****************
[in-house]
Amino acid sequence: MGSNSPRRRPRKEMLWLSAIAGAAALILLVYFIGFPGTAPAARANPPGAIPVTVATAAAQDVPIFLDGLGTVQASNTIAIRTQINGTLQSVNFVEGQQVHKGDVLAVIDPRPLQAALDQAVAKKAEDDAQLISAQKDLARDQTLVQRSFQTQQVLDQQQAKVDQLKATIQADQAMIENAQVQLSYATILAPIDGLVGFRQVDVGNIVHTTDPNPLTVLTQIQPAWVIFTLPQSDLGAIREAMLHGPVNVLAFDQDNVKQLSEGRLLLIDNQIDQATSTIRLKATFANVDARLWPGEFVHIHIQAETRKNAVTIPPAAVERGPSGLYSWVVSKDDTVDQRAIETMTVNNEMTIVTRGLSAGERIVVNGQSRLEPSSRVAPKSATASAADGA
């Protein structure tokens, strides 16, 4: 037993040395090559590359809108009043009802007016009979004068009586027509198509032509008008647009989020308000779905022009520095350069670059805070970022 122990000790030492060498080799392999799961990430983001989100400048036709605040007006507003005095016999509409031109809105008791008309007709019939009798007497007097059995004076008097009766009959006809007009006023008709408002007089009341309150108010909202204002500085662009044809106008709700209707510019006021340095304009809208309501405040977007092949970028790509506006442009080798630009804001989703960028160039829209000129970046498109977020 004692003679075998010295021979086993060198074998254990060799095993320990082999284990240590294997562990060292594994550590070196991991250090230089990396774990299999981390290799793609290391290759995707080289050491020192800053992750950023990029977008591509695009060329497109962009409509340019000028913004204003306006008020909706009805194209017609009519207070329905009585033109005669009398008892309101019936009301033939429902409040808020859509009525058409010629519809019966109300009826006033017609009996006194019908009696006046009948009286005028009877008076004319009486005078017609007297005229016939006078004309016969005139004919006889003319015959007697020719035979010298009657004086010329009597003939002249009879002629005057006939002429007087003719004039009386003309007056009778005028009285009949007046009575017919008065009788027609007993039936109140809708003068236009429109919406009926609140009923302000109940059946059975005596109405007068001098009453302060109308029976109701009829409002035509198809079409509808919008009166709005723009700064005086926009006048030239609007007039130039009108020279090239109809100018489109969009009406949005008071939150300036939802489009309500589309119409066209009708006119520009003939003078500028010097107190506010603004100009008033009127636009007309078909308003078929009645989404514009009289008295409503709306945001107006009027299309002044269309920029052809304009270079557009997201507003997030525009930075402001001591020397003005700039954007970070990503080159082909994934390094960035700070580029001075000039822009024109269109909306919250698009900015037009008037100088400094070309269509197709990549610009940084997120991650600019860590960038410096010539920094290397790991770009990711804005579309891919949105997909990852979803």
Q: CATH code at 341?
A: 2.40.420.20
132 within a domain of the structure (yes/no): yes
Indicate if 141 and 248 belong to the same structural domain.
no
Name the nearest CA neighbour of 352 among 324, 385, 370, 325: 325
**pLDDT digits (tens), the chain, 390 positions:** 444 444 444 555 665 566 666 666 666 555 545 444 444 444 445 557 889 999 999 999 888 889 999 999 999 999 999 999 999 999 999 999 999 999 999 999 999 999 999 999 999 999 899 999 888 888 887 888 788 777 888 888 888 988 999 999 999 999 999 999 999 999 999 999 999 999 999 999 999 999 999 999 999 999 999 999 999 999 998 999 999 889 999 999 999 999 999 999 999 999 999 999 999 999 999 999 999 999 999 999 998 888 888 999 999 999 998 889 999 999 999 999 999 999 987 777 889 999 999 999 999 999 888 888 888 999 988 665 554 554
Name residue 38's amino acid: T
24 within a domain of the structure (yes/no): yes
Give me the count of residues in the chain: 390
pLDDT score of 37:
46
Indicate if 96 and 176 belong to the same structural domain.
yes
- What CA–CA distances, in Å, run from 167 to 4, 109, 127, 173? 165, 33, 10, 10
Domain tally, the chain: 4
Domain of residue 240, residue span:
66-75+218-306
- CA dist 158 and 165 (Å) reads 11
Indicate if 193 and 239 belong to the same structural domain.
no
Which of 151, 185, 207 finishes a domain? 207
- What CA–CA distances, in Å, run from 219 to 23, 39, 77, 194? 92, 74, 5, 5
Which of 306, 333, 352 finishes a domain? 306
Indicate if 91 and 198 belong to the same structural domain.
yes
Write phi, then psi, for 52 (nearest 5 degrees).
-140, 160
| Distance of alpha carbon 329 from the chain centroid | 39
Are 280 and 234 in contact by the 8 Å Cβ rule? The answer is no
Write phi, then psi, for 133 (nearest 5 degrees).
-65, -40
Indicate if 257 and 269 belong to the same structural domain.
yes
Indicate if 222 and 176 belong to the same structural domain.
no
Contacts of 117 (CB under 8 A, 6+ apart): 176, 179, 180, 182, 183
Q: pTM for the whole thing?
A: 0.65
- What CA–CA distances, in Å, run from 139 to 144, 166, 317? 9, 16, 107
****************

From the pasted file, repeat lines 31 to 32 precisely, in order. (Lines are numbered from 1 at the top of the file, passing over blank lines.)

-140, 160
| Distance of alpha carbon 329 from the chain centroid | 39